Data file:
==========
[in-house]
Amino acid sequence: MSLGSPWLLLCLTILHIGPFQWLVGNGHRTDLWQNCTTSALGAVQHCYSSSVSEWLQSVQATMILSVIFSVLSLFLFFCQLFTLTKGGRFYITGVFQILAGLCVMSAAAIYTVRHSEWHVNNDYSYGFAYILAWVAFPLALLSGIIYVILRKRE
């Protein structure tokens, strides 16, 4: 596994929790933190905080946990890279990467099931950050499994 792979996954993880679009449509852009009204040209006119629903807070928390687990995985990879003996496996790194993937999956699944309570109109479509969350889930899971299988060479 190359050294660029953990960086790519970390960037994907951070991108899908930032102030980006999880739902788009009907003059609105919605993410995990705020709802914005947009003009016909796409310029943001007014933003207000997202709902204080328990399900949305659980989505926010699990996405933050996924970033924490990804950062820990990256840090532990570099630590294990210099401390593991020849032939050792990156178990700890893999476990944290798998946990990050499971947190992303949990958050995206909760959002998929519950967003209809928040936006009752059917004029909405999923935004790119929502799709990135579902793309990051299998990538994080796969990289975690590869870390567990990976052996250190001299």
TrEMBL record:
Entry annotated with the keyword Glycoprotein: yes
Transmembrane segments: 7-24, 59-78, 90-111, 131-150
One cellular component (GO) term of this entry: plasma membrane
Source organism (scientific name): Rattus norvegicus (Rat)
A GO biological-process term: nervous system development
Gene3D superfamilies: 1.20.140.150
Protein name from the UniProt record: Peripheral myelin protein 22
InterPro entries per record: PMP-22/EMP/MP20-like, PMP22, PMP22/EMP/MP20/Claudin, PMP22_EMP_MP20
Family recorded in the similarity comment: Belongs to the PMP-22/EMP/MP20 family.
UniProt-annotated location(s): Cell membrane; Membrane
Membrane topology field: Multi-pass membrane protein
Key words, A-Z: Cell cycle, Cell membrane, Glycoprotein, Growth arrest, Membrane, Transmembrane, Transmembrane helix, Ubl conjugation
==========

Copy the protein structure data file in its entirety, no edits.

[in-house]
Amino acid sequence: MSLGSPWLLLCLTILHIGPFQWLVGNGHRTDLWQNCTTSALGAVQHCYSSSVSEWLQSVQATMILSVIFSVLSLFLFFCQLFTLTKGGRFYITGVFQILAGLCVMSAAAIYTVRHSEWHVNNDYSYGFAYILAWVAFPLALLSGIIYVILRKRE
């Protein structure tokens, strides 16, 4: 596994929790933190905080946990890279990467099931950050499994 792979996954993880679009449509852009009204040209006119629903807070928390687990995985990879003996496996790194993937999956699944309570109109479509969350889930899971299988060479 190359050294660029953990960086790519970390960037994907951070991108899908930032102030980006999880739902788009009907003059609105919605993410995990705020709802914005947009003009016909796409310029943001007014933003207000997202709902204080328990399900949305659980989505926010699990996405933050996924970033924490990804950062820990990256840090532990570099630590294990210099401390593991020849032939050792990156178990700890893999476990944290798998946990990050499971947190992303949990958050995206909760959002998929519950967003209809928040936006009752059917004029909405999923935004790119929502799709990135579902793309990051299998990538994080796969990289975690590869870390567990990976052996250190001299």
TrEMBL record:
Entry annotated with the keyword Glycoprotein: yes
Transmembrane segments: 7-24, 59-78, 90-111, 131-150
One cellular component (GO) term of this entry: plasma membrane
Source organism (scientific name): Rattus norvegicus (Rat)
A GO biological-process term: nervous system development
Gene3D superfamilies: 1.20.140.150
Protein name from the UniProt record: Peripheral myelin protein 22
InterPro entries per record: PMP-22/EMP/MP20-like, PMP22, PMP22/EMP/MP20/Claudin, PMP22_EMP_MP20
Family recorded in the similarity comment: Belongs to the PMP-22/EMP/MP20 family.
UniProt-annotated location(s): Cell membrane; Membrane
Membrane topology field: Multi-pass membrane protein
Key words, A-Z: Cell cycle, Cell membrane, Glycoprotein, Growth arrest, Membrane, Transmembrane, Transmembrane helix, Ubl conjugation